Too big to fail?
Are US asset management firms ‘too big to fail’? In other words, do they represent systemic risks similar to those posed by the largest banks, so much that they must be subject to ‘enhanced’ supervision? Asset managers are already under the supervision of the Securities and Exchange Commission (SEC), and they claim to be the most transparent and controlled financial institutions. But the largest are in danger of becoming like three non-banks that have already been classified as “systemically important”: American International Group, General Electric Capital and Prudential Financial.
The Treasury Department’s Office of Financial Research (OFR) raised the issue two months ago with its report Asset Management and Financial Stability, prepared for the Financial Stability Oversight Council (FSOC), the top regulator created by the Dodd-Frank Wall Street Reform and the Consumer Protection Act in 2010. Now the FSOC is reviewing the OFR study and the potential next steps, the most likely of which is the request for more data from asset managers, especially about separate accounts created for wealthy individuals and institutional investors.
The FSOC will now take into account comments that the SEC has received from asset managers. Some of the remarks have been scathing. For example, as Federated Investors defined the OFR report as “misleading and inaccurate”, while the Investment Company Institute (ICI) insisted that “designation as systemically important financial institutions… is not an appropriate regulatory tool for addressing risks, if any, that registered funds or their advisers might raise regarding financial stability”.
However the issue is not going away because, before OFR, other authorities – such as the US Federal Reserve and the international Financial Stability Board (FSB) – had pointed to asset managers as part of the “shadow banking system”, the network of financial institutions that act like banks (engaging in credit intermediation) but are not supervised like banks.
“Some types of asset-management activities are similar to those provided by banks and other non-bank financial companies, and increasingly cut across the financial system in a variety of ways,” the OFR report says.
The study identifies four factors that make the asset management industry vulnerable to financial shocks: “Reaching for yield” and herding behaviours; redemption risk in collective investment vehicles; leverage, which can amplify asset-price movements and increase the potential for fire sales; and firms as sources of risk.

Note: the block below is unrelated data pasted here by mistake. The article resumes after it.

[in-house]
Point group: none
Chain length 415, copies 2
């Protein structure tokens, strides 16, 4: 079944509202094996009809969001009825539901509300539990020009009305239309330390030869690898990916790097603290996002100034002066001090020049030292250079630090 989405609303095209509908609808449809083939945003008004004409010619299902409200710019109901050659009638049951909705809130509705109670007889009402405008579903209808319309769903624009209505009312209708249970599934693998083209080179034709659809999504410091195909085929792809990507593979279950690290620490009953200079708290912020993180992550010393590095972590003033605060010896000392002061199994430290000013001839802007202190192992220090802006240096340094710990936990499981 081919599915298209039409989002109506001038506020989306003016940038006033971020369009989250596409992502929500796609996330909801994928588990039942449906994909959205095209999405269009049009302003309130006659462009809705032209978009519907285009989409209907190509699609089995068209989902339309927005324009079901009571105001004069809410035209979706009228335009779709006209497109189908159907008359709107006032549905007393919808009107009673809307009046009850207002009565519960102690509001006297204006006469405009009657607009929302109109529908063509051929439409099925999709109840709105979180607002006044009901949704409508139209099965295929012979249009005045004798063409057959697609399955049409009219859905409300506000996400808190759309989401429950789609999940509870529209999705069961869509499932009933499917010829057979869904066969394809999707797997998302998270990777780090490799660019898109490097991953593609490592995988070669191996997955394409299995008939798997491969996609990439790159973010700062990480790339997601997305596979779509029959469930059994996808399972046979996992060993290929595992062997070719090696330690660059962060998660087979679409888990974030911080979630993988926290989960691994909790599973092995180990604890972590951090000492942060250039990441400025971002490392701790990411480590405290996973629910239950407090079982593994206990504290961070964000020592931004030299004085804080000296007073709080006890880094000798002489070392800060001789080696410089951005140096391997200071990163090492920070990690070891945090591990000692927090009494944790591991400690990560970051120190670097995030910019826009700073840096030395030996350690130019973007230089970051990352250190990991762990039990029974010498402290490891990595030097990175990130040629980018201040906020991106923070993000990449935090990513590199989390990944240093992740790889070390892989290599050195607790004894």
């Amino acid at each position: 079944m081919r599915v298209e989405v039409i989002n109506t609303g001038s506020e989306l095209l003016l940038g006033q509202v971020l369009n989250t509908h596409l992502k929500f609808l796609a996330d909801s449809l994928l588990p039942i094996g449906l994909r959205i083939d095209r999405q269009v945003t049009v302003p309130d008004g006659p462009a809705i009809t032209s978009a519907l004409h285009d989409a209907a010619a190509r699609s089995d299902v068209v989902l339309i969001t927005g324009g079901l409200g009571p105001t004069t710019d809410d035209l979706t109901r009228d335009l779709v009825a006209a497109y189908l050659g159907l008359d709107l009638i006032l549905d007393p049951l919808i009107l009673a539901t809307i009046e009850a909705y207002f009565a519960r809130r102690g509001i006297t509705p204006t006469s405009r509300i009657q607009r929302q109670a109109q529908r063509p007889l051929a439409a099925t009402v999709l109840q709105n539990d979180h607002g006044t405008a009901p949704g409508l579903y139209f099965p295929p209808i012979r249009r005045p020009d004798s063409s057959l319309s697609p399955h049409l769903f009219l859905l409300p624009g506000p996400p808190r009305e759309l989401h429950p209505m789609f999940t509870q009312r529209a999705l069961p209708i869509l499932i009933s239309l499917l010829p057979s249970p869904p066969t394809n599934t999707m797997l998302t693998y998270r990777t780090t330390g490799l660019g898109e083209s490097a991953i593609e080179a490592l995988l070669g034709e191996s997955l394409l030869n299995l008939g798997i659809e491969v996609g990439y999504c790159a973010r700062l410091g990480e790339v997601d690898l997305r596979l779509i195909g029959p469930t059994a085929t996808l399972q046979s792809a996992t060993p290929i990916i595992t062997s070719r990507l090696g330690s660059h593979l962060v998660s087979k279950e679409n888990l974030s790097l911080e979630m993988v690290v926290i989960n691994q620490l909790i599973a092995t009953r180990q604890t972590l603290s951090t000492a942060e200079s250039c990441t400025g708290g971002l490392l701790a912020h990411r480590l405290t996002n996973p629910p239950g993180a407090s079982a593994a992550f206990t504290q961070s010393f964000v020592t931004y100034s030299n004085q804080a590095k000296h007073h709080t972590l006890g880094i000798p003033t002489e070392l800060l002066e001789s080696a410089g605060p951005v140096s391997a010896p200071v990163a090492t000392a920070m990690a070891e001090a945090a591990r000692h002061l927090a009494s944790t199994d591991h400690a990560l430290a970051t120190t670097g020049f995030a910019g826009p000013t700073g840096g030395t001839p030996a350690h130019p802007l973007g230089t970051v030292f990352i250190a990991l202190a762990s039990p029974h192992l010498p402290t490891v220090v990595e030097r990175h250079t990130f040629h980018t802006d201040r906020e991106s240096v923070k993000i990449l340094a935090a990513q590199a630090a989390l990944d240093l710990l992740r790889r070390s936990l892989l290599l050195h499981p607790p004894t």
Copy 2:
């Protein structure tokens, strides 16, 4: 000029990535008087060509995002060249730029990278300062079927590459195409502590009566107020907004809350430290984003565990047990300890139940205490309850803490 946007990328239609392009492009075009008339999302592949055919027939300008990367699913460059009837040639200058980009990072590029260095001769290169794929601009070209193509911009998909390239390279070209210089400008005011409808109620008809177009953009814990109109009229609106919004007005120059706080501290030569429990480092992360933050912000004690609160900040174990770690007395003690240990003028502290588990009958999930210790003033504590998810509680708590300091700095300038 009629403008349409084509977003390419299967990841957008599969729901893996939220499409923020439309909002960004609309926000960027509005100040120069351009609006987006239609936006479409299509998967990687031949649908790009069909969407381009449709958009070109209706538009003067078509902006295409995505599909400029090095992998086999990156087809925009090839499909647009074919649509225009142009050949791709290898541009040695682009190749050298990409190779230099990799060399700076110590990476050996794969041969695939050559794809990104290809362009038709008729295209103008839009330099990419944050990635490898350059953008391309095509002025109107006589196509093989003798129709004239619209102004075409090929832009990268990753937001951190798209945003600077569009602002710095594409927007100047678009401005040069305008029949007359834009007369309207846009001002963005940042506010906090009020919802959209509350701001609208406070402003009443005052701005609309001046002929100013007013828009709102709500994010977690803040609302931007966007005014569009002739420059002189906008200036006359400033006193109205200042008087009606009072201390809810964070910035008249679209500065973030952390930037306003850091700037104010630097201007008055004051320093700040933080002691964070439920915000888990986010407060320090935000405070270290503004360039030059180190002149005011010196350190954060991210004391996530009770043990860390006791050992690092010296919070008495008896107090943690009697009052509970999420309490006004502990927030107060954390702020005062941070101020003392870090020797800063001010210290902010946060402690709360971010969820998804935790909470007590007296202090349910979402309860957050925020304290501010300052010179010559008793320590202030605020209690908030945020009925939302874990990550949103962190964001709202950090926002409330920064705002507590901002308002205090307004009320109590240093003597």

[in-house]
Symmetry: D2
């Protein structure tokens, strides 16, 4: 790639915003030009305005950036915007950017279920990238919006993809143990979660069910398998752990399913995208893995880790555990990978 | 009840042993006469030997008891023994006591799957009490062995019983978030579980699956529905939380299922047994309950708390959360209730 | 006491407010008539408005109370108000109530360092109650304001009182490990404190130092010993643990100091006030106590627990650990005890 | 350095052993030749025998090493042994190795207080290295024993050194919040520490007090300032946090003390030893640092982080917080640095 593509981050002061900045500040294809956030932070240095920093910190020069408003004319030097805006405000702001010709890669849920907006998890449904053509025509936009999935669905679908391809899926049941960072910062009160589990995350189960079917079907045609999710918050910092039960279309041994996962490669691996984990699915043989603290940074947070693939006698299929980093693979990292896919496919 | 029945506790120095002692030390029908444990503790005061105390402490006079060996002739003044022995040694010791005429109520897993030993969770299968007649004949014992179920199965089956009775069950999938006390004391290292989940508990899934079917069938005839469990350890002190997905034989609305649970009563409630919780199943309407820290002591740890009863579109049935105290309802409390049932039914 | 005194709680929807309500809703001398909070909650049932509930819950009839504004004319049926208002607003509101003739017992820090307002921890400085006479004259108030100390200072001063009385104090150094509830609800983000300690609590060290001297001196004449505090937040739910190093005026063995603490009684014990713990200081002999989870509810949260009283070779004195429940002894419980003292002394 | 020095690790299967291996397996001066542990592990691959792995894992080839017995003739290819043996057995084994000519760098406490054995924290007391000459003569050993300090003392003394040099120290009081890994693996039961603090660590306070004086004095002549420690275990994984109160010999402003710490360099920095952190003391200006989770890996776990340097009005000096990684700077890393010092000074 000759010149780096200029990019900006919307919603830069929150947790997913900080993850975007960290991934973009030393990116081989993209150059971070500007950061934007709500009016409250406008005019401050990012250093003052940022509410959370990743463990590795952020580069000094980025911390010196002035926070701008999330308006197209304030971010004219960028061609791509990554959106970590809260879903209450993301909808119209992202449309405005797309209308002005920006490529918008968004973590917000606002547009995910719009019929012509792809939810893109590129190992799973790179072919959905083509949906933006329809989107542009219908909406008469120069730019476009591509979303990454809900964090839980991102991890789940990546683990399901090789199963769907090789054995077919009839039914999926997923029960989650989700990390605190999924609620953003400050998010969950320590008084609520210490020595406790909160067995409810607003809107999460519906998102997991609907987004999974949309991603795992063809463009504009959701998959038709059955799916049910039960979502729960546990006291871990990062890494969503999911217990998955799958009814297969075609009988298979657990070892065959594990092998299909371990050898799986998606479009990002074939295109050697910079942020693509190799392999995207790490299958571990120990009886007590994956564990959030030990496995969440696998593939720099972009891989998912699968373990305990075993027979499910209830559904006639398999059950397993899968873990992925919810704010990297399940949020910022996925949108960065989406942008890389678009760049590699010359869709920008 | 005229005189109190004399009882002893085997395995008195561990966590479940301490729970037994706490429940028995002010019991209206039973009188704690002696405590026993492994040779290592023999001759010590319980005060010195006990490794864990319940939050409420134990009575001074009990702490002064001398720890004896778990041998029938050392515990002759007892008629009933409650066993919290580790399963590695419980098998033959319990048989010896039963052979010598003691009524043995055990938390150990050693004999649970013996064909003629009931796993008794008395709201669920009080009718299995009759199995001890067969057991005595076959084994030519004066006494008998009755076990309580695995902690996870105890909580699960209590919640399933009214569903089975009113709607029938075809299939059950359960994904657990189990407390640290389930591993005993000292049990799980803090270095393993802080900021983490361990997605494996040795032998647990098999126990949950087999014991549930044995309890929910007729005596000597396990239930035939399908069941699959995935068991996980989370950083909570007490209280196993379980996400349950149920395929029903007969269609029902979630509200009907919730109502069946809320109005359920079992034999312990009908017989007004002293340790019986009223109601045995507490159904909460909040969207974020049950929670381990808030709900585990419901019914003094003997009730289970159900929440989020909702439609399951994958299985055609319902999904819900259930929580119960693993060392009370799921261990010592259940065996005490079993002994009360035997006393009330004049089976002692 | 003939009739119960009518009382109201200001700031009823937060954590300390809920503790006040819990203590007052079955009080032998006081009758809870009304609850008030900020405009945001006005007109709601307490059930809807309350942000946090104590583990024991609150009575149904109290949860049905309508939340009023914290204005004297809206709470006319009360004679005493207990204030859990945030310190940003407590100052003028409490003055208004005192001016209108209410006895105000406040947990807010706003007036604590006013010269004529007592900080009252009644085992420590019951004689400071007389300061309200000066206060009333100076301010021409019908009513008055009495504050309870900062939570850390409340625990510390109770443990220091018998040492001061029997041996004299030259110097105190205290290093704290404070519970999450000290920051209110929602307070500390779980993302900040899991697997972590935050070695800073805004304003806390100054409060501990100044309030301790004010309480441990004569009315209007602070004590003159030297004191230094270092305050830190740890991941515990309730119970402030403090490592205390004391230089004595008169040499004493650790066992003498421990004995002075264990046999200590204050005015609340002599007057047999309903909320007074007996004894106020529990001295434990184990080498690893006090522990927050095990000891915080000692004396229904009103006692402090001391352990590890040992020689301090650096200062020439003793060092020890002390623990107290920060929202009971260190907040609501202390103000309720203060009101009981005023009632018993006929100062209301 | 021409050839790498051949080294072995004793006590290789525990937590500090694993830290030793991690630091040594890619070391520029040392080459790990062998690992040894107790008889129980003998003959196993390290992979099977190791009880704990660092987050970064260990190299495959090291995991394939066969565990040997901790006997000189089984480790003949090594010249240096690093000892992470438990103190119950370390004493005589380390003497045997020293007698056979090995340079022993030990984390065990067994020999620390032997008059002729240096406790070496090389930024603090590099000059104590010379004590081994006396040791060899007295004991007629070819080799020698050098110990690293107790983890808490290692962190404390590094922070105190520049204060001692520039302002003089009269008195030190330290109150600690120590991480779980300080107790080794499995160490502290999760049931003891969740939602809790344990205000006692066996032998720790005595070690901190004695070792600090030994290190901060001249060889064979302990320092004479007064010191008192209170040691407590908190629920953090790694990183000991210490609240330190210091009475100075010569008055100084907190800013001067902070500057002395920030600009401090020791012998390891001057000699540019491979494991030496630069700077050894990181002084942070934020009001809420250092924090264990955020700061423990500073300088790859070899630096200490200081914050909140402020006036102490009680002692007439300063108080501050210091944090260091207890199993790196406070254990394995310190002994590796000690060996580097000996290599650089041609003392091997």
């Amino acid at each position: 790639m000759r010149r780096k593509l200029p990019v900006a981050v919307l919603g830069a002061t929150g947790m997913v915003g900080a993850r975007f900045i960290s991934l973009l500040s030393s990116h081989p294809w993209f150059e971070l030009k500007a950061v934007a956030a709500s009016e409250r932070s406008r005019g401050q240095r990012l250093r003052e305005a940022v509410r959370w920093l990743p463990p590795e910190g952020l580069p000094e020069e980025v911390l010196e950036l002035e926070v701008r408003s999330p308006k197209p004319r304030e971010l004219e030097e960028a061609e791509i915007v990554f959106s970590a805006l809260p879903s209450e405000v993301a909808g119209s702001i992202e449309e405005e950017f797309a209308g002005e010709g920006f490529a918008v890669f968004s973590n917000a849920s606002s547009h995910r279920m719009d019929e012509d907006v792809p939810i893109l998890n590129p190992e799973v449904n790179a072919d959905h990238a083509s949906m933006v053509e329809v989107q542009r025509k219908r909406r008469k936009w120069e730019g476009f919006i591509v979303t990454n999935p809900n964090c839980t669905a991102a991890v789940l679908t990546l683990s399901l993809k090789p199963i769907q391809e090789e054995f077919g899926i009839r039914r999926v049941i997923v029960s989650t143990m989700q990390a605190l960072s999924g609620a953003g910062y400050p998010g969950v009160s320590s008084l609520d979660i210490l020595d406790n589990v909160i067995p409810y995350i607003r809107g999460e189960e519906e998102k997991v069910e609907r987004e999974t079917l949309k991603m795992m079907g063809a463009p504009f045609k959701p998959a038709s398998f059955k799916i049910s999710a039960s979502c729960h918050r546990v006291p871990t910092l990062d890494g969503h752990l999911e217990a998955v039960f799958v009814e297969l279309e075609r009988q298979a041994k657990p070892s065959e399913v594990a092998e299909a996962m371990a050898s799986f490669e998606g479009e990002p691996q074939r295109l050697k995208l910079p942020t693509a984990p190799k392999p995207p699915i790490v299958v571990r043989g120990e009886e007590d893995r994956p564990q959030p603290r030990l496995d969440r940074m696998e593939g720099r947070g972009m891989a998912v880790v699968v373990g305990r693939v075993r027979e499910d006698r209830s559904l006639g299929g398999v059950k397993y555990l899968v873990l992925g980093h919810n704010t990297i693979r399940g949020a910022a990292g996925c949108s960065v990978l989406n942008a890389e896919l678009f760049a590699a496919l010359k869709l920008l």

The risks are amplified by the size and high level of concentration of the $53trn (€39trn) asset management industry, according to OFR.
It is true that asset managers invest money for clients who bear the losses, but they also perform activities at the firm level, the OFR report emphasises, “including securities trading, derivatives trading, securities lending, and repo transactions”. Repos and securities lending, in particular, are forms of borrowing but data about these activities are inadequate. There is a lack of information about the health of asset managers’ trading counterparties in these activities that could become a source of financial instability.
“During a period of market stress in which funding liquidity is drying up, firms with large repo books and an array of interconnections may have difficulty unwinding clients’ investments quickly,” the OFR points out. “Because such a situation could dislocate markets and heighten fire-sale risk, data on repo activity are critical to monitoring developments that could indicate stress. Currently, many repo transactions can be monitored only indirectly.”
Another opaque area of the industry is in “separate accounts” according to the OFR: “The top five asset management companies alone manage $5.5trn in separate accounts. Data about the types of assets held in these accounts, their counterparty and other risk exposures, and amounts of leverage are limited. As a result, supervisors today are unable to fully assess the nature or extent of any financial stability risks that could be amplified or transmitted by the activities of these accounts.”
Among clients with separate accounts are private pension plans, which are under the supervision of the Department of Labor, while the SEC controls the advisers. These regulators “do not routinely collect information about separate account holdings, leverage, risk exposures, or liquidity” the OFR report states. It suggests “filling gaps in these data for better macro prudential monitoring of related risks”.
The FSOC has no deadline to make any decision.